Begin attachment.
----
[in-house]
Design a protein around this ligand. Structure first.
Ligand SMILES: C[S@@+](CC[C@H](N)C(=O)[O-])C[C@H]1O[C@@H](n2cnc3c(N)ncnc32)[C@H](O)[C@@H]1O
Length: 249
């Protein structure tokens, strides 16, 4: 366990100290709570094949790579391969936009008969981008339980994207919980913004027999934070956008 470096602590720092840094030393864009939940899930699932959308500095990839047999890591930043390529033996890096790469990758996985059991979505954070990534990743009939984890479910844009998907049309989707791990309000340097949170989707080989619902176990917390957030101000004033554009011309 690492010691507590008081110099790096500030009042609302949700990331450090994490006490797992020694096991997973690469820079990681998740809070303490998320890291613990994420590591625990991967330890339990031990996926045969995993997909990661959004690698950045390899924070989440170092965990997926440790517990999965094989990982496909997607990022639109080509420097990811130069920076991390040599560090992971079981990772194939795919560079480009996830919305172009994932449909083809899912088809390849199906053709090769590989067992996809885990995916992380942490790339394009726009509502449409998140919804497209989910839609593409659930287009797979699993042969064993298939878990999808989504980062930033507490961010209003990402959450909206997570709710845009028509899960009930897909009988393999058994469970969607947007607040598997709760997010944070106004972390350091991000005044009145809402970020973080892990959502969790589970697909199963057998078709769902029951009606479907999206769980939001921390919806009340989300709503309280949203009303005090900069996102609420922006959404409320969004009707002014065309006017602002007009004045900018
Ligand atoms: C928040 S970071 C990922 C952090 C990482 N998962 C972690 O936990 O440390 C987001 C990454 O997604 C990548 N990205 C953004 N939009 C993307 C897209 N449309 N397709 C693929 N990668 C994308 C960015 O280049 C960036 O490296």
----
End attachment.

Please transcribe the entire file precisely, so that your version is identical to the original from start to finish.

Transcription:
[in-house]
Design a protein around this ligand. Structure first.
Ligand SMILES: C[S@@+](CC[C@H](N)C(=O)[O-])C[C@H]1O[C@@H](n2cnc3c(N)ncnc32)[C@H](O)[C@@H]1O
Length: 249
């Protein structure tokens, strides 16, 4: 366990100290709570094949790579391969936009008969981008339980994207919980913004027999934070956008 470096602590720092840094030393864009939940899930699932959308500095990839047999890591930043390529033996890096790469990758996985059991979505954070990534990743009939984890479910844009998907049309989707791990309000340097949170989707080989619902176990917390957030101000004033554009011309 690492010691507590008081110099790096500030009042609302949700990331450090994490006490797992020694096991997973690469820079990681998740809070303490998320890291613990994420590591625990991967330890339990031990996926045969995993997909990661959004690698950045390899924070989440170092965990997926440790517990999965094989990982496909997607990022639109080509420097990811130069920076991390040599560090992971079981990772194939795919560079480009996830919305172009994932449909083809899912088809390849199906053709090769590989067992996809885990995916992380942490790339394009726009509502449409998140919804497209989910839609593409659930287009797979699993042969064993298939878990999808989504980062930033507490961010209003990402959450909206997570709710845009028509899960009930897909009988393999058994469970969607947007607040598997709760997010944070106004972390350091991000005044009145809402970020973080892990959502969790589970697909199963057998078709769902029951009606479907999206769980939001921390919806009340989300709503309280949203009303005090900069996102609420922006959404409320969004009707002014065309006017602002007009004045900018
Ligand atoms: C928040 S970071 C990922 C952090 C990482 N998962 C972690 O936990 O440390 C987001 C990454 O997604 C990548 N990205 C953004 N939009 C993307 C897209 N449309 N397709 C693929 N990668 C994308 C960015 O280049 C960036 O490296």